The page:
Student crushes vertebrae in climbing wall fall

Elsbeth Otto

Only two days after the old Sherwood climbing wall closed for a year of construction, the wall saw one of the biggest accidents in its history.

Monday evening, first-year Stephanie Foster fell 32 feet from the top of the Sherwood climbing wall.

Foster landed on her back in the rubber chips at the base of the wall, fracturing her L1 vertebrae.   When she fell, Foster was working over the edge of the wall, helping clean the rock holds from the wall to prepare it for construction.

Foster is scheduled to undergo surgery to repair her crushed vertebrae today, May 1.

“She should have a 100 percent recovery assuming the surgery goes well without any complications,” said Outdoor Program director Brien Sheedy.   “However, it is a major surgery and they actually have to go in from the front, through her chest, in order to do the repair.”

The exact series of events that lead to the fall have yet to be determined, but Sheedy said they have a lot of ideas about what happened.

“We’re in the process of doing…an internal audit of the accident in detail,” said Sheedy.   “Also we acquired Alex Kosseff from Adventure Safety International to do a more extensive sort of investigation into the accident so that we can learn as much as possible so this doesn’t happen again in the future.   Once that report is out then we’ll share it with the people in the student body that are interested.”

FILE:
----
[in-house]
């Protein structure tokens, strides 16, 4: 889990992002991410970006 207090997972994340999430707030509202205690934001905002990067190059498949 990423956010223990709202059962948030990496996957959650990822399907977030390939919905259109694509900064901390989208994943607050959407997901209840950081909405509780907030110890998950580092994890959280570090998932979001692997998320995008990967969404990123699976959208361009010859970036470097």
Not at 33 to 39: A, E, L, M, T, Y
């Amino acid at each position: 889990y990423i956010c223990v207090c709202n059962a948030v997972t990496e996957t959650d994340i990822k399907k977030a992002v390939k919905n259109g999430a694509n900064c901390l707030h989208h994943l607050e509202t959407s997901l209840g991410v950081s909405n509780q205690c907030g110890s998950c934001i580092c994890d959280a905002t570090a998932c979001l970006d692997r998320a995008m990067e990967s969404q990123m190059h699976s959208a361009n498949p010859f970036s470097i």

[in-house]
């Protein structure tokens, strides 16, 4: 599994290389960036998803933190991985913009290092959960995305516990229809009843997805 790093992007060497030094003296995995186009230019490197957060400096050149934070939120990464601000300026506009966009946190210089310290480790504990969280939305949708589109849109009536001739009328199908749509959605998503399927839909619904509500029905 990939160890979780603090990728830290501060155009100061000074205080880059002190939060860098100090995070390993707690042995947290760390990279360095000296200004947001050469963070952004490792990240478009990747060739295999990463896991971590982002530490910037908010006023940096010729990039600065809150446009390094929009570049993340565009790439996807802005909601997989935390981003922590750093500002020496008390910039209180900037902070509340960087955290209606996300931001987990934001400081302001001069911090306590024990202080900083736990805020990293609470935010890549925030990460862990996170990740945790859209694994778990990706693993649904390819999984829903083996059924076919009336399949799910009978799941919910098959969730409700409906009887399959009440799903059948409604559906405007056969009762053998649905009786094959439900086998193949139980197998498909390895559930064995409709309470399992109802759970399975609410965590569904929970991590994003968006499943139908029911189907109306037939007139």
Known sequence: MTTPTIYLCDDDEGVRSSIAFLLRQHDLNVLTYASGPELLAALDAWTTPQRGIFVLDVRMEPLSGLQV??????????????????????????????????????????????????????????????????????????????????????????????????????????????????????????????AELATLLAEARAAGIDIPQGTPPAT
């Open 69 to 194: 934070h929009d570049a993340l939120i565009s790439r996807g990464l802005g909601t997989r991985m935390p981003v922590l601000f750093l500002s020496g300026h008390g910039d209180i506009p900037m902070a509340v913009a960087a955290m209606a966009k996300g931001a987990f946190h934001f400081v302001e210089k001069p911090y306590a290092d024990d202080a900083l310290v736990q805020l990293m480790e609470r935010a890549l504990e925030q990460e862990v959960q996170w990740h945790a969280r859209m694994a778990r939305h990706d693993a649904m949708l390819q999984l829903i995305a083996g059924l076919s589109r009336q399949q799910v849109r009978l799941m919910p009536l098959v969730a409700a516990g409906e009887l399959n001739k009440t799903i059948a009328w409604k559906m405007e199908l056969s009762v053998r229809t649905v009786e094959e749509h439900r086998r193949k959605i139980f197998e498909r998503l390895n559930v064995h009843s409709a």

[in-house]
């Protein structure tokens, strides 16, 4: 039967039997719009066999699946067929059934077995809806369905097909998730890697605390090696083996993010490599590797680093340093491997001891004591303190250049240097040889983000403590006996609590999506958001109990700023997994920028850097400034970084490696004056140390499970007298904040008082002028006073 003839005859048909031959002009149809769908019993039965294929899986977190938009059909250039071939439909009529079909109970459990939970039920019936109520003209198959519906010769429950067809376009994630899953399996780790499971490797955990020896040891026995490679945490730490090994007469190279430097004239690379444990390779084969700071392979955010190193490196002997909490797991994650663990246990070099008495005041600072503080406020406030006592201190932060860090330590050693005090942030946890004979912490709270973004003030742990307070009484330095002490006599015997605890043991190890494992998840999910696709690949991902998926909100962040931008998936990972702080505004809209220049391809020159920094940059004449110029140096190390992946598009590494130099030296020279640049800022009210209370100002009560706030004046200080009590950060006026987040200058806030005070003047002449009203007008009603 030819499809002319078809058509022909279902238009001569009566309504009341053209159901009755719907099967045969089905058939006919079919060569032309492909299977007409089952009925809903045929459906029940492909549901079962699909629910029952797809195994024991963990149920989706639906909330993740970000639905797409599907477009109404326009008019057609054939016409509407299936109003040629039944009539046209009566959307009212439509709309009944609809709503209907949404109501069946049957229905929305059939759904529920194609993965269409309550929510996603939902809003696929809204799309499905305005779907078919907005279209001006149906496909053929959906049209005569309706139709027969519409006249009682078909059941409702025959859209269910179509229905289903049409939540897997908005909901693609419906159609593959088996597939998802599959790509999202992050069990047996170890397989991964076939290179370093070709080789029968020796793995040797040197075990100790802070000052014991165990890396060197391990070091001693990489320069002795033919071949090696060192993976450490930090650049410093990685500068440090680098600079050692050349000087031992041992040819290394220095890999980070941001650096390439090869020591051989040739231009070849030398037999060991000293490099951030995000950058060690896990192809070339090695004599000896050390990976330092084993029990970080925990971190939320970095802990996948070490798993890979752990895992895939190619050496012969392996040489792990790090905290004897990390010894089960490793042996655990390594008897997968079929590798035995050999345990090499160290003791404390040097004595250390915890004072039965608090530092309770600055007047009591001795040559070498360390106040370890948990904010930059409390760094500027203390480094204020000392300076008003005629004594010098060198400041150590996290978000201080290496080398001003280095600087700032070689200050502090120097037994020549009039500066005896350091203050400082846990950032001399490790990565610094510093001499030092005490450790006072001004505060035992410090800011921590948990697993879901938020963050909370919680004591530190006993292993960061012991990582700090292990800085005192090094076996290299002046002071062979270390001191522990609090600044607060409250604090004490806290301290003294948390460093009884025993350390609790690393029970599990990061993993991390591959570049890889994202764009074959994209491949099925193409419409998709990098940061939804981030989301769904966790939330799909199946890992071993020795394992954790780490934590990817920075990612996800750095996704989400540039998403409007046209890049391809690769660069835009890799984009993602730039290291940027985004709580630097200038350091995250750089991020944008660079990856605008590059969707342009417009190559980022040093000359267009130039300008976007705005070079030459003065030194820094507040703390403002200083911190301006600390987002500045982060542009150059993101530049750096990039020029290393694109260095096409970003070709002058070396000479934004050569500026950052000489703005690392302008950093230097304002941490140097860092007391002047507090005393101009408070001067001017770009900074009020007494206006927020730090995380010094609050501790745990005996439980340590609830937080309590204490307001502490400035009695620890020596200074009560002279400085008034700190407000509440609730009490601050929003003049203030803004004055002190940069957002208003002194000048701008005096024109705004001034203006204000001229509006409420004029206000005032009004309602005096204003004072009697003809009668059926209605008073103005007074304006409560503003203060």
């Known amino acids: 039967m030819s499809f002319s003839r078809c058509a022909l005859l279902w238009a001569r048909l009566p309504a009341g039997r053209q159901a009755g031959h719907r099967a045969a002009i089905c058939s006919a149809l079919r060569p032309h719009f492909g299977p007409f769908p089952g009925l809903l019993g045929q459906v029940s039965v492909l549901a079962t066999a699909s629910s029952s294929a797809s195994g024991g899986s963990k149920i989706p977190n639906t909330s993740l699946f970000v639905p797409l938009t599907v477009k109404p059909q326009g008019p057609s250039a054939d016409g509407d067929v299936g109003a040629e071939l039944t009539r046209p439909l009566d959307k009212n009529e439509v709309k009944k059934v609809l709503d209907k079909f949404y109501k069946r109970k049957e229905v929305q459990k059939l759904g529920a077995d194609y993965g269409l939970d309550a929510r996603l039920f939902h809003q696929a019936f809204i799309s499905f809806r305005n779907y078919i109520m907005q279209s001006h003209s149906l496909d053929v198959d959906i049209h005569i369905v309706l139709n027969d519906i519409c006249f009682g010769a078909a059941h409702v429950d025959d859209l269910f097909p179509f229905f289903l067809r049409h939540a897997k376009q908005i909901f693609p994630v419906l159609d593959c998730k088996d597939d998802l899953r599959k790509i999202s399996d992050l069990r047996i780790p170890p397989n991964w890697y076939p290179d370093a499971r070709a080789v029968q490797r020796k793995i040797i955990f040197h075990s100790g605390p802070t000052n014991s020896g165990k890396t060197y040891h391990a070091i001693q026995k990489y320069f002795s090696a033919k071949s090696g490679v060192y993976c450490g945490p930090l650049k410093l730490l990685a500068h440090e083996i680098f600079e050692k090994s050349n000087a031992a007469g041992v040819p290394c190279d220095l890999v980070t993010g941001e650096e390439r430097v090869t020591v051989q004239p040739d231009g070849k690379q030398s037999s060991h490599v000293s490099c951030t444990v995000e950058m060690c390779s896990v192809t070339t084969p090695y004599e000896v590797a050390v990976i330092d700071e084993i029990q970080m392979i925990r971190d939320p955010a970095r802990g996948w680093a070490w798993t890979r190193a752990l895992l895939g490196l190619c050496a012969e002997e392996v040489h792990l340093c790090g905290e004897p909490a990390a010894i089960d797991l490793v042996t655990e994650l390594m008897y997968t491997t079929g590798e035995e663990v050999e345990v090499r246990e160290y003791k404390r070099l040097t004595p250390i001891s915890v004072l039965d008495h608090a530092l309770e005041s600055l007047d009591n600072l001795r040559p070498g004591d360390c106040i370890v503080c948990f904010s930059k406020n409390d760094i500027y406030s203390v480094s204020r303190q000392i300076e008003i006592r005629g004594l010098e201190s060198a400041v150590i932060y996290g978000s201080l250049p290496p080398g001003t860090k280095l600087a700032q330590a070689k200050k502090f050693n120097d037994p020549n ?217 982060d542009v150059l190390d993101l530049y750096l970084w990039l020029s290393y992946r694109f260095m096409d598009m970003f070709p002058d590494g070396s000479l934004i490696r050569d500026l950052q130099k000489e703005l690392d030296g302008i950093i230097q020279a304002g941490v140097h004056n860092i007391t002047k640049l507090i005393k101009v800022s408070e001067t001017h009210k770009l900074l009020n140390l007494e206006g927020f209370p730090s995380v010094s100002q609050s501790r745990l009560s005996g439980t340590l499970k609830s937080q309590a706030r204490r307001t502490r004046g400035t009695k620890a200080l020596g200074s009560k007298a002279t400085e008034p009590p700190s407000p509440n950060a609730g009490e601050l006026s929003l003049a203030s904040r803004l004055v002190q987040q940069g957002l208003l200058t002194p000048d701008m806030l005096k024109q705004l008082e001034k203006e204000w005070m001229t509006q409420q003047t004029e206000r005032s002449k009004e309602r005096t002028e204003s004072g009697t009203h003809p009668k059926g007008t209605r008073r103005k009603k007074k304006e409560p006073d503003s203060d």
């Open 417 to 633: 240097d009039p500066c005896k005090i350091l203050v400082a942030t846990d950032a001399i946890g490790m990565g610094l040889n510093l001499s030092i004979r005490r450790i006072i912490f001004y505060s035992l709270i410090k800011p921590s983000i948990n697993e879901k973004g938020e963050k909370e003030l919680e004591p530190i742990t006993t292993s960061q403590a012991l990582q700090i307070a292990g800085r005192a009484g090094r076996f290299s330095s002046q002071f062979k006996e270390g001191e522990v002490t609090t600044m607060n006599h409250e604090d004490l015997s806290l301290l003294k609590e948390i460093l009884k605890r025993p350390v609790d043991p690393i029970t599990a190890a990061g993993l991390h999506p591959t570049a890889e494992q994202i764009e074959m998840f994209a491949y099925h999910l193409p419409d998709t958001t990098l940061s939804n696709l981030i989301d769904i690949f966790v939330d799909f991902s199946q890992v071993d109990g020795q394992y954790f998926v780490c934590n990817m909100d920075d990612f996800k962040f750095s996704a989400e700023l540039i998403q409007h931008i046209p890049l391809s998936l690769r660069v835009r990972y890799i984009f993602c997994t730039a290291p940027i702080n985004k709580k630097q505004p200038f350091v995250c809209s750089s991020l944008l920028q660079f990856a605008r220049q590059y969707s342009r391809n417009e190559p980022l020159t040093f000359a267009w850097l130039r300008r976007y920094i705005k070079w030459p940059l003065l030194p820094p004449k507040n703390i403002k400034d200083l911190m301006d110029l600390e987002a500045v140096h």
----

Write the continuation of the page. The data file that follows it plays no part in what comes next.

Although they did not witness Foster’s actual fall, Sheedy and sophomore Alex Bakker who were working on the bouldering wall were the first to respond to the accident.

“I stabilized her head and helped get her breathing again and Alex called the ambulance, and the ambulance was there in six minutes,” said Sheedy.

While the damage could have undoubtedly been much greater considering the magnitude of the fall, the injury sustained by Foster is still extremely painful.

“She is in quite a bit of pain and has a pain pump,” said Ellen Collette of the Health Center in an e-mail.

According to Collette, Foster’s doctor estimates she will have to stay in the hospital for 10 days to recover from her surgery and may have to stay in the area longer before she is able to fly home.

“It would be wonderful if people could keep Stephanie in their thoughts and prayers and anyone that’s good friends with Stephanie: I’m sure that she would love visitors, probably next week maybe as soon as Friday or Saturday,” said Sheedy.

Foster is currently in room 2035 at Kadlec Medical Center in Richland, Wash.   Cards or letters for Foster can be sent through Brien Sheedy.